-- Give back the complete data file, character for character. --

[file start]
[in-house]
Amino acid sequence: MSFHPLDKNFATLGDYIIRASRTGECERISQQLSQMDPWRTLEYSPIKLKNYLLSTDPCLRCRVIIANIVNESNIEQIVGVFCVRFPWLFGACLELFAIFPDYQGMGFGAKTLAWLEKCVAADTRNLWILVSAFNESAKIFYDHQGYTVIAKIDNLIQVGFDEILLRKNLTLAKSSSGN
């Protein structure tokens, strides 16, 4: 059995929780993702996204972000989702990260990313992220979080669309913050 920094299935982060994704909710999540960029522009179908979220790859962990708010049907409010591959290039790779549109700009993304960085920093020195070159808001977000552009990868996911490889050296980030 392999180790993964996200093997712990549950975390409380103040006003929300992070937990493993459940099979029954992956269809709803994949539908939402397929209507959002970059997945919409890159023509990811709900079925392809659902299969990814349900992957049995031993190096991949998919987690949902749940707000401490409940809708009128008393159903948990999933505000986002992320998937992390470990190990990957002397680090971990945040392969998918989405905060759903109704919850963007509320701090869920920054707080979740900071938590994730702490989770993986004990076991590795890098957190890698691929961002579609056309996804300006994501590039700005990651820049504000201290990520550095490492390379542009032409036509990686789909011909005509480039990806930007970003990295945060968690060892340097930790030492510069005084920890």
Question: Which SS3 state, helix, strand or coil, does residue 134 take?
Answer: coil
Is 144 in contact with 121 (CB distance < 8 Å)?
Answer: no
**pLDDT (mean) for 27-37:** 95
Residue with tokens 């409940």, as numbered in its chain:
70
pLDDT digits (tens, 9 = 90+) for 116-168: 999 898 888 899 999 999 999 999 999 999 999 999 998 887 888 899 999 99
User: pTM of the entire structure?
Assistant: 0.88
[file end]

[in-house]
Amino acid sequence: MSFHPLDKNFATLGDYIIRASRTGECERISQQLSQMDPWRTLEYSPIKLKNYLLSTDPCLRCRVIIANIVNESNIEQIVGVFCVRFPWLFGACLELFAIFPDYQGMGFGAKTLAWLEKCVAADTRNLWILVSAFNESAKIFYDHQGYTVIAKIDNLIQVGFDEILLRKNLTLAKSSSGN
């Protein structure tokens, strides 16, 4: 059995929780993702996204972000989702990260990313992220979080669309913050 920094299935982060994704909710999540960029522009179908979220790859962990708010049907409010591959290039790779549109700009993304960085920093020195070159808001977000552009990868996911490889050296980030 392999180790993964996200093997712990549950975390409380103040006003929300992070937990493993459940099979029954992956269809709803994949539908939402397929209507959002970059997945919409890159023509990811709900079925392809659902299969990814349900992957049995031993190096991949998919987690949902749940707000401490409940809708009128008393159903948990999933505000986002992320998937992390470990190990990957002397680090971990945040392969998918989405905060759903109704919850963007509320701090869920920054707080979740900071938590994730702490989770993986004990076991590795890098957190890698691929961002579609056309996804300006994501590039700005990651820049504000201290990520550095490492390379542009032409036509990686789909011909005509480039990806930007970003990295945060968690060892340097930790030492510069005084920890």
Question: Which SS3 state, helix, strand or coil, does residue 134 take?
Answer: coil
Is 144 in contact with 121 (CB distance < 8 Å)?
Answer: no
**pLDDT (mean) for 27-37:** 95
Residue with tokens 């409940």, as numbered in its chain:
70
pLDDT digits (tens, 9 = 90+) for 116-168: 999 898 888 899 999 999 999 999 999 999 999 999 998 887 888 899 999 99
User: pTM of the entire structure?
Assistant: 0.88